Founder proprietor of The Times newspaper
1739 - 1812
Comes to live at The Grove, Teddington
In 1795 John Walter acquired the lease of The Grove, the house designed for Moses Franks in 1763, after relinquishing editorship of the Times to his eldest son William.
John Walter was born in 1739, the son of a coal merchant in the City of London. He succeeded his father in the business in about 1755 and took a leading part in the establishment of the Coal Market and Coal Exchange and made a considerable fortune. He also became a marine underwriter and in 1781 gave up the coal business to concentrate on this interest. He became involved in some hazardous speculations and became a member of Lloyds. The American War of Independence proved costly and in 1782 he became bankrupt.
He then became interested in various methods of printing and eventually started a small newspaper, The Daily Universal Register, first published on 1st January 1785. Three years later the paper bore the name The Times or Daily Universal Register, the latter part of the name soon being dropped. John Walter, as proprietor of the paper accepted Treasury subsidies and published personal paragraphs in his paper which he was then paid to contradict. He was prosecuted for libel on the Duke of York for which he was imprisoned for a year and on the Prince of Wales for which he was pardoned, but his health was impaired and he retired to Teddington. His eldest son William, who also moved to Teddington, took over the management of the paper but was not a success and the paper was then taken over by the younger son John.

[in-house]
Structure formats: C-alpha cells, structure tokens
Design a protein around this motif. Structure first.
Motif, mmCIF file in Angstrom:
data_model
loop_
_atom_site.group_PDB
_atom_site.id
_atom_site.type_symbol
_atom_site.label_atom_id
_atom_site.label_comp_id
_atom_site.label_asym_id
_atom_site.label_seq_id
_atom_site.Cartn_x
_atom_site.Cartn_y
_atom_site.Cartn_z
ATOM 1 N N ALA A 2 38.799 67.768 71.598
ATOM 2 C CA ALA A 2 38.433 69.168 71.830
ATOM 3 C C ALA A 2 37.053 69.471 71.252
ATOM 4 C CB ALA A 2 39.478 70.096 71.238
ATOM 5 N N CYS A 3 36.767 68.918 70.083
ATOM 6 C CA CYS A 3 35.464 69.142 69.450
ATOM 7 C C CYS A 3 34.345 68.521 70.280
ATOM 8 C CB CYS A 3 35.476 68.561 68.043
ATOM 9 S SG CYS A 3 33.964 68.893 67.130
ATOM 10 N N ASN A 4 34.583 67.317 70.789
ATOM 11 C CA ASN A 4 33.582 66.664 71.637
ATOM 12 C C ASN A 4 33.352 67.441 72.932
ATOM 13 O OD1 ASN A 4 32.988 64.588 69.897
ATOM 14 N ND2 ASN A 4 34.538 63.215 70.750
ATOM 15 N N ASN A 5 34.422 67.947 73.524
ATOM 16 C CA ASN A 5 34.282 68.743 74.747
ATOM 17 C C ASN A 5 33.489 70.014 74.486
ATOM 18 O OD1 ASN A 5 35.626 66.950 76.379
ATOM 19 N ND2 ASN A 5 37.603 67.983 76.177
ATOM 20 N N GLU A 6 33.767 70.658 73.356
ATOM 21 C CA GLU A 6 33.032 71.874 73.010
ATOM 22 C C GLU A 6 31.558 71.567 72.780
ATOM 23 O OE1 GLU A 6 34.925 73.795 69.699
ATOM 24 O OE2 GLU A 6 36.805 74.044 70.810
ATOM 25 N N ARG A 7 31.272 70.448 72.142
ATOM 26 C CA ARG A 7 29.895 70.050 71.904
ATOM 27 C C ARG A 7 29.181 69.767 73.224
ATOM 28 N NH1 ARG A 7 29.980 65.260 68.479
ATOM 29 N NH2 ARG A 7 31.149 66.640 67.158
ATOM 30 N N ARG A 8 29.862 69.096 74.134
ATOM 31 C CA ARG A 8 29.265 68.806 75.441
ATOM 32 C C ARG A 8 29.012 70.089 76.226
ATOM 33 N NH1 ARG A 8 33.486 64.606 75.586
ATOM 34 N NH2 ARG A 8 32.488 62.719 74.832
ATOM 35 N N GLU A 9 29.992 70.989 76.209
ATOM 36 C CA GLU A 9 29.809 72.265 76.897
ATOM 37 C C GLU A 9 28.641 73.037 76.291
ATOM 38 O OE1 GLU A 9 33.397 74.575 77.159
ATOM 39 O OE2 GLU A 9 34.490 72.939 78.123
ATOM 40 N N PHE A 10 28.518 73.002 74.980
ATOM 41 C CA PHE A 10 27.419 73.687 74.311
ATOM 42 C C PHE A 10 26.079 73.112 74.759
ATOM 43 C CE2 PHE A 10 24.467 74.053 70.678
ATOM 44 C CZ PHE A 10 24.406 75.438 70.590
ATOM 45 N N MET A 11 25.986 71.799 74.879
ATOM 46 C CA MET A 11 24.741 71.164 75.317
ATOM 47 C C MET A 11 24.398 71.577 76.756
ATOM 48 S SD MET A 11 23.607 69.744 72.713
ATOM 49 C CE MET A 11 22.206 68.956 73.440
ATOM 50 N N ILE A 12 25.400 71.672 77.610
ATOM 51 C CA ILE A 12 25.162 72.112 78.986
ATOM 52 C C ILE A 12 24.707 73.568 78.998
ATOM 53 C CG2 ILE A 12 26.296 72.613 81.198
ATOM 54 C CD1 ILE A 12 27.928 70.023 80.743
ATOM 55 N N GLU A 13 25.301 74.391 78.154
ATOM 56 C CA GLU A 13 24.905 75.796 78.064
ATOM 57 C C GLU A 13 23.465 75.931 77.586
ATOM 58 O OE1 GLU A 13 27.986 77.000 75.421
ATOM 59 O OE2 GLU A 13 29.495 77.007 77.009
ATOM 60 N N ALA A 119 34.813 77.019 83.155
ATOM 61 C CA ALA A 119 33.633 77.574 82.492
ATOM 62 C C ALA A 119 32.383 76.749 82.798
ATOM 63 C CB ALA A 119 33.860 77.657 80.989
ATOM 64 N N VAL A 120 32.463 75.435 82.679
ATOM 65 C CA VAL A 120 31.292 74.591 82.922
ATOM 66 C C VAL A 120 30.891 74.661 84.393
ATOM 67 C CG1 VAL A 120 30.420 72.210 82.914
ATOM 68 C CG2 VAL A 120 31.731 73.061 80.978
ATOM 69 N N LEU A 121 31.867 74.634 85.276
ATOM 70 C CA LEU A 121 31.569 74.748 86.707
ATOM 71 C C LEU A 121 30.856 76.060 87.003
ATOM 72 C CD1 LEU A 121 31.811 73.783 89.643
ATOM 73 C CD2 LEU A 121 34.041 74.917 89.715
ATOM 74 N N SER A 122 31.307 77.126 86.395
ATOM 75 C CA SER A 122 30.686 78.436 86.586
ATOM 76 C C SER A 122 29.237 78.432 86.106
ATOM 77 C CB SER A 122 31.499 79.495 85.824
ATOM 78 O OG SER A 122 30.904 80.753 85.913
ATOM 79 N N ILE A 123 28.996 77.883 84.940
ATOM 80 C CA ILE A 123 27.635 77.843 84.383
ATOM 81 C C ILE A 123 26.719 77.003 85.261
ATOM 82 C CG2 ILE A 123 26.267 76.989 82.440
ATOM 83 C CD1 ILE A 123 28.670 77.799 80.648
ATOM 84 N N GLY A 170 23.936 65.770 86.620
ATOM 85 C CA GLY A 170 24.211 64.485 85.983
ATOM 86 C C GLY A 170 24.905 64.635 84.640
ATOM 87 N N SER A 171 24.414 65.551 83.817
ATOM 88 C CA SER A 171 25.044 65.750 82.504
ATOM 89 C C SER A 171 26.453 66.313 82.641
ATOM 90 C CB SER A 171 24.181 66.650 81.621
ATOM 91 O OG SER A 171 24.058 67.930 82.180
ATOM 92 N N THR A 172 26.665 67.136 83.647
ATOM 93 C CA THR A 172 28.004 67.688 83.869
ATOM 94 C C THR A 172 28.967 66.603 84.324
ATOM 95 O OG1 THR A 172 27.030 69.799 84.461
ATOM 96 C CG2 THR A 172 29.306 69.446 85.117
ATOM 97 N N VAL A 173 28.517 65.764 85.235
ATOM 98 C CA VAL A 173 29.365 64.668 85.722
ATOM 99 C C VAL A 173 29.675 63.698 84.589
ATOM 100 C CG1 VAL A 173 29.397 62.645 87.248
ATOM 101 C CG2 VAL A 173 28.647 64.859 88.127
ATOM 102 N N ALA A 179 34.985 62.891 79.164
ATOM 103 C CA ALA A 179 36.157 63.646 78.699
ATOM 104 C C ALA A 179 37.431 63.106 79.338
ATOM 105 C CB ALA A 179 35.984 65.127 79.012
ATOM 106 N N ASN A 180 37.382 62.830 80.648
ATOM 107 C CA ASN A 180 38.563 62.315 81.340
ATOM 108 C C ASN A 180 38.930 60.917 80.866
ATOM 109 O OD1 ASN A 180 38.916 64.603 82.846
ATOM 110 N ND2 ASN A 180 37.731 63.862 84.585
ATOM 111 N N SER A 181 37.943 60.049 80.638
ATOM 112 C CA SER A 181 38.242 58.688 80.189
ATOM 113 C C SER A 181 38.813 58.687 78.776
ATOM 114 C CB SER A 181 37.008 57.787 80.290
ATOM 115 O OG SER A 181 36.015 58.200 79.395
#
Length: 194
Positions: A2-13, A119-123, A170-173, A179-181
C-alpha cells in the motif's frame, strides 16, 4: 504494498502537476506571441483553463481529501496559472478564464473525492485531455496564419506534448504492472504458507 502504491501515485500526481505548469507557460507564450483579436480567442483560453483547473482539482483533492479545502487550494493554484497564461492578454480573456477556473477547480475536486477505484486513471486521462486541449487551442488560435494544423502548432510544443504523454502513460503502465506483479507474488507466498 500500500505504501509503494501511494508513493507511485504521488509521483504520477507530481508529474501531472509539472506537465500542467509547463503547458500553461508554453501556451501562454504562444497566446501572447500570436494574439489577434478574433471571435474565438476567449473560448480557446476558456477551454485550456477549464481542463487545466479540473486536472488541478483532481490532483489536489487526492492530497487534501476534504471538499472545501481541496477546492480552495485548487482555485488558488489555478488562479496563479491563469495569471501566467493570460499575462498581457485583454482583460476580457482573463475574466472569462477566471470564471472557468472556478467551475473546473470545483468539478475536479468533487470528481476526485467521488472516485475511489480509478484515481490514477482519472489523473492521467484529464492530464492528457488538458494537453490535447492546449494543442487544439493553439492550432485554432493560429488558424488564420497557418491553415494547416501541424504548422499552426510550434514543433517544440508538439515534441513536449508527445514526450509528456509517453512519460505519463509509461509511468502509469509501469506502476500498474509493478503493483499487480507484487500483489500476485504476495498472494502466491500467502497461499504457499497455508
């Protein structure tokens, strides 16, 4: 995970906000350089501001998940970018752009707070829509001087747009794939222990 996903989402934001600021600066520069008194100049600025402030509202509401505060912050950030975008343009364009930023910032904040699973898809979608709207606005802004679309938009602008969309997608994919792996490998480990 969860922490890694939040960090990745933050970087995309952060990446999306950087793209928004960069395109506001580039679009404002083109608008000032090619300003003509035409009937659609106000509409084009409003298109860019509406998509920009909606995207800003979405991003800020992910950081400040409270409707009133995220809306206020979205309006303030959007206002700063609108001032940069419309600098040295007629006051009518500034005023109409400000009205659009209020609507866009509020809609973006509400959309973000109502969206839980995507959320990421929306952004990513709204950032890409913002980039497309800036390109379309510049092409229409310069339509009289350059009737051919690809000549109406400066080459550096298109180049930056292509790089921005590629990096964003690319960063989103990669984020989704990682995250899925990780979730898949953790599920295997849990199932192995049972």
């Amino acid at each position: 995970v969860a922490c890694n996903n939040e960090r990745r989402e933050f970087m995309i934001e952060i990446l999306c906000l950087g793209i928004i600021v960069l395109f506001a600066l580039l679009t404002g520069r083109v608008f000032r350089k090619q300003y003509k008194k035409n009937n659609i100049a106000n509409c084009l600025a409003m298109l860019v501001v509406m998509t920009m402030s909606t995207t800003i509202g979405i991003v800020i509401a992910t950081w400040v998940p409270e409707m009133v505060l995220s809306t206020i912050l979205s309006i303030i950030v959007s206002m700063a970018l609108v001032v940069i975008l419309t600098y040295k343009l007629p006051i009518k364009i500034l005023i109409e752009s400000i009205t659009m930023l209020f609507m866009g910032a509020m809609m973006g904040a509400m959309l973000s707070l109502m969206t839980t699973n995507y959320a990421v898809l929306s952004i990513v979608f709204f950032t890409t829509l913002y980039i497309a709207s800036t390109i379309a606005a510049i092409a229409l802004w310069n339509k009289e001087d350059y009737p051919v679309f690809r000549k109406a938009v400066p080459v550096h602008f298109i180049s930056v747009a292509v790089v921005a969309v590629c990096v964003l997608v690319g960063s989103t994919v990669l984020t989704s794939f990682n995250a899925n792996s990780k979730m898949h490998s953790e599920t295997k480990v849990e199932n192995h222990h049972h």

A dispute with the parish
In 1798 John Walter instituted a law suit against the churchwardens because shortly after he had moved into The Grove he had applied, unsuccessfully, for a pew in St Mary's Church. The churchwardens had not seated him and his family in a pew "according to his position and condition, he being a principal inhabitant and parishioner". At this time all the pews in the church were attached to a house in the village and presumably The Grove, having first been owned by a Jew, did not have a pew attached to it. The church was full and John Walter had been told he could erect a pew in the gallery on payment of £5 to the parish but he had refused this offer. The result of the court case was that it was judged to be illegal to sell pews in a church and the process must cease. In 1800 the pews in the church were re-allocated and John Walter himself became a churchwarden.
Dictionary of National Biography